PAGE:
Q: What are a few startups begun by Unit 9900 members? And what do they do?

Agassi: There’s a startup that deals with computer vision and A.I. for figuring out types of cancer. You have to look at types of cells to diagnose cancer. You need to decipher them. It’s not so far away from what we did in the army. It’s like photo analyzing. It’s a different industry but the same idea. The name of that company is Nucleai.

There’s a nanosatellites startup that takes biological experiments into space. It’s called SpacePharma. Basically it brings nanosatellites into the world of research and medicine. You can take your experiment and control it from afar. You don’t need to wait until someone launches a satellite to a large space station with astronauts to do your experiments.

It’s very accessible. It’s cheaper. It creates many more opportunities.

We have a startup that deals with AR/VR for the world of human resources. Normally, when you come to a job interview you fill out a form, a kind of curriculum. You fill in questions. But it’s difficult to know how the candidate will do in actual situations.

Here, they mimic all kinds of situations to create a different kind of job interview via virtual reality to understand how you cope with all kinds of things.  It’s really good news for the world of human resources. They’re called ActiView.

They took something they learned in the Army and converted it to something completely new. But what lies behind it, the background is the same.

Q: How hard is it to get into Unit 9900?

Agassi: That’s really a matter for the army, which decides if you’re suitable for intelligence or not. I deal with that less. I deal with the day after you’re released from the army.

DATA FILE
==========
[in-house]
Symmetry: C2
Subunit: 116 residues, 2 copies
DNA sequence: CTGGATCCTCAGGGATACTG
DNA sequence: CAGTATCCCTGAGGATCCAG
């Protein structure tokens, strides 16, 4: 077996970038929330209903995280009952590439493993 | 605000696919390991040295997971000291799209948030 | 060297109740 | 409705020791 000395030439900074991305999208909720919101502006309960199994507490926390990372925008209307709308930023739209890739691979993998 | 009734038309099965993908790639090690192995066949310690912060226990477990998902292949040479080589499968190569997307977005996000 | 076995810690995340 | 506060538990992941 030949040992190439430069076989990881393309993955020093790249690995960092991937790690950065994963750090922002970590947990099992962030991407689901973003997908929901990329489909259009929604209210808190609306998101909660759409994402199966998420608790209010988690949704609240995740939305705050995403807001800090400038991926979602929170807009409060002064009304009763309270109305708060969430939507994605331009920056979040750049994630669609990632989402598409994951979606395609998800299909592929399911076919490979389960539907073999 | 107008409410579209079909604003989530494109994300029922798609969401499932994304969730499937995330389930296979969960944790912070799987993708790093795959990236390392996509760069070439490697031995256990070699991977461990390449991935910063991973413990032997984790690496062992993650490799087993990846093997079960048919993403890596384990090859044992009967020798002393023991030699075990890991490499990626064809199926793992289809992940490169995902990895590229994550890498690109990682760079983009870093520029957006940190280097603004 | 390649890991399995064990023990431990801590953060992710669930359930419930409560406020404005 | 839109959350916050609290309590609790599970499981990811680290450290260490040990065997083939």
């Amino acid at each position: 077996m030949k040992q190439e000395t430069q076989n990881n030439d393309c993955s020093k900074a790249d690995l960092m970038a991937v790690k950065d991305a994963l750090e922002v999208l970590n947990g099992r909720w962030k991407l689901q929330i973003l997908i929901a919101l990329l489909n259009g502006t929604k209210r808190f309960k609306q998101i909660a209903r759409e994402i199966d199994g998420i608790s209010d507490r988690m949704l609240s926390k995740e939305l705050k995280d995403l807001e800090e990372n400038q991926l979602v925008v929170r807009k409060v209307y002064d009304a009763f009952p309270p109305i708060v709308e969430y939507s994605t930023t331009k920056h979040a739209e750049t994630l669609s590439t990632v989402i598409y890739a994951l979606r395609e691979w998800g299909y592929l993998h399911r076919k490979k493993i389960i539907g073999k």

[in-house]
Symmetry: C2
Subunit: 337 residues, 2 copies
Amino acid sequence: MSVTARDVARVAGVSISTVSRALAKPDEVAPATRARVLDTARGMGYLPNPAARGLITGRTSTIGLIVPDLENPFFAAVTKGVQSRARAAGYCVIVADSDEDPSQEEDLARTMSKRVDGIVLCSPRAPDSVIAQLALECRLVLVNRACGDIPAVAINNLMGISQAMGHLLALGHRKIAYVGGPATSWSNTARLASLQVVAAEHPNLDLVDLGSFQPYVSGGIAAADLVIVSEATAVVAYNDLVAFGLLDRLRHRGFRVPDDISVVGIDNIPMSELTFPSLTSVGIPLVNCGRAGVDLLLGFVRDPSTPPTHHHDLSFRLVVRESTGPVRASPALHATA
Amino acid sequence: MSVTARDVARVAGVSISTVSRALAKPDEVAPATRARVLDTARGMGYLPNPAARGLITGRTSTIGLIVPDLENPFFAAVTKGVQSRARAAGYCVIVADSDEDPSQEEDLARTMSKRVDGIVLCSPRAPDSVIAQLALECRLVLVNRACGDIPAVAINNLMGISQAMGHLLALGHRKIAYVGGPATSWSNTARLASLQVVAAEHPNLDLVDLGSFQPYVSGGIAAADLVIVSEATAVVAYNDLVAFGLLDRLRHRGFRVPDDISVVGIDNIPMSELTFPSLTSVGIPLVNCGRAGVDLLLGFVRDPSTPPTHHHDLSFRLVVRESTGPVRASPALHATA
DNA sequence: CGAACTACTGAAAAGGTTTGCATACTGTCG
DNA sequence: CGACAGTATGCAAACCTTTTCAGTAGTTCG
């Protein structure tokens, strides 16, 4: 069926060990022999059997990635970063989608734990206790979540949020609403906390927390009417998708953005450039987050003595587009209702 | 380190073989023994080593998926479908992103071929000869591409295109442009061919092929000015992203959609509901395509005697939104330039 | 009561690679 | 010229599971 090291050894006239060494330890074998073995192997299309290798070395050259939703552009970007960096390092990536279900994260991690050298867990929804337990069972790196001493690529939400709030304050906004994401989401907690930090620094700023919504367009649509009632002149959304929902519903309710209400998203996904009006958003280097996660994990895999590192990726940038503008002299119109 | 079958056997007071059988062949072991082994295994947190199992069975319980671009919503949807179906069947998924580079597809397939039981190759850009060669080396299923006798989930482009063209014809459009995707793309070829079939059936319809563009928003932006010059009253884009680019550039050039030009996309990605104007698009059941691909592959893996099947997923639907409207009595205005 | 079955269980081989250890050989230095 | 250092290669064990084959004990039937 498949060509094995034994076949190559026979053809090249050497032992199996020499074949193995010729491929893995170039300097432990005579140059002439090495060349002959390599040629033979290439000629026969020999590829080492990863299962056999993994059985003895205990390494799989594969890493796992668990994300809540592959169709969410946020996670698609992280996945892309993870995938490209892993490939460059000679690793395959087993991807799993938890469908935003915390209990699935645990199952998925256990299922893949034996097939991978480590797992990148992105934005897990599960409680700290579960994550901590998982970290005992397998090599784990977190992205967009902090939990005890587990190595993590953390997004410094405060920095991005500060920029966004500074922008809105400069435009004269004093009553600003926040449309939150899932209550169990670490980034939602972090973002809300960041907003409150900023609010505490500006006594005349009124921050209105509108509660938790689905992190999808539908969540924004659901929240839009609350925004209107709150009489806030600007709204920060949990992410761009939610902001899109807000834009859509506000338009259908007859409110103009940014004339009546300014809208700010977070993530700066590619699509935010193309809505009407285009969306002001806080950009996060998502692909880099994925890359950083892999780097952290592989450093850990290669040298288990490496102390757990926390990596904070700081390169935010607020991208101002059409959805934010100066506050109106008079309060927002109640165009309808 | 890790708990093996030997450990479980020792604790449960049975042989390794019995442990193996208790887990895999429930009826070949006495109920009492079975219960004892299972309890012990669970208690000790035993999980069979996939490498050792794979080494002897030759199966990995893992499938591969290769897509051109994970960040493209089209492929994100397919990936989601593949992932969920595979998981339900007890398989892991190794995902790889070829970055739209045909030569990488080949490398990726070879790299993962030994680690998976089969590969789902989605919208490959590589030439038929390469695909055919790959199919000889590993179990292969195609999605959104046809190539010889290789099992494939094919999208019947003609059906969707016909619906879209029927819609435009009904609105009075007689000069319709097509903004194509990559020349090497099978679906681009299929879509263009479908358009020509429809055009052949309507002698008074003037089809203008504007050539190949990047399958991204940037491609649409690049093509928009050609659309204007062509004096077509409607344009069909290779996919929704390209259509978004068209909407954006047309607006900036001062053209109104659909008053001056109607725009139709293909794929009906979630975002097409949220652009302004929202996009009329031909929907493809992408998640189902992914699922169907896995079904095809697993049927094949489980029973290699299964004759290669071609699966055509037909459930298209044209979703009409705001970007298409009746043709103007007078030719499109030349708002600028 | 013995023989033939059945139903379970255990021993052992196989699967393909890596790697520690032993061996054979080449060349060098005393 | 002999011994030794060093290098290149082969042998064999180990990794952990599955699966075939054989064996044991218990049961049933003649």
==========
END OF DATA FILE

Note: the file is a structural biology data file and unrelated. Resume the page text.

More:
You go through different tests. You have to be a creative person, someone capable of dealing with pressure, capable of working with a team in many cases. You need high intelligence to look at the big picture.

Q: What percentage of women are in the unit?

Agassi: Fifty percent when you talk about soldiers and young officers. The tasks are so varied it gives girls more of an opportunity to get in. You don’t need 10 points in computers in the Bagrut [Israel’s official matriculation exams].

We know that girls in school – the percentage in computer science and technology isn’t high. But that’s not the condition to be in the unit.  Of course, you need analytical ability, high ability to analyze data, high attention to detail.

If you’re a self-learner and can learn on the job – that’s more important in many instances than if you did four units in math. And if you know how to deal with pressure, that’s more important than four units in English.

Q: You’re having your first alumnae event in September. What do you hope will have come out of that?

Agassi: First of all, it’s to bring all the alumnae – hundreds of alumnae – in one room… To make all sorts of connections and create opportunities. To meet leading companies in the industry.

It will create opportunities and connections and we’ll do bigger things.  Suddenly, you realize the strength you have when everyone comes together.

We’re in a very good place given that we only started the group a year and a half ago . It means something now when you say you’re a 9900 alumnus.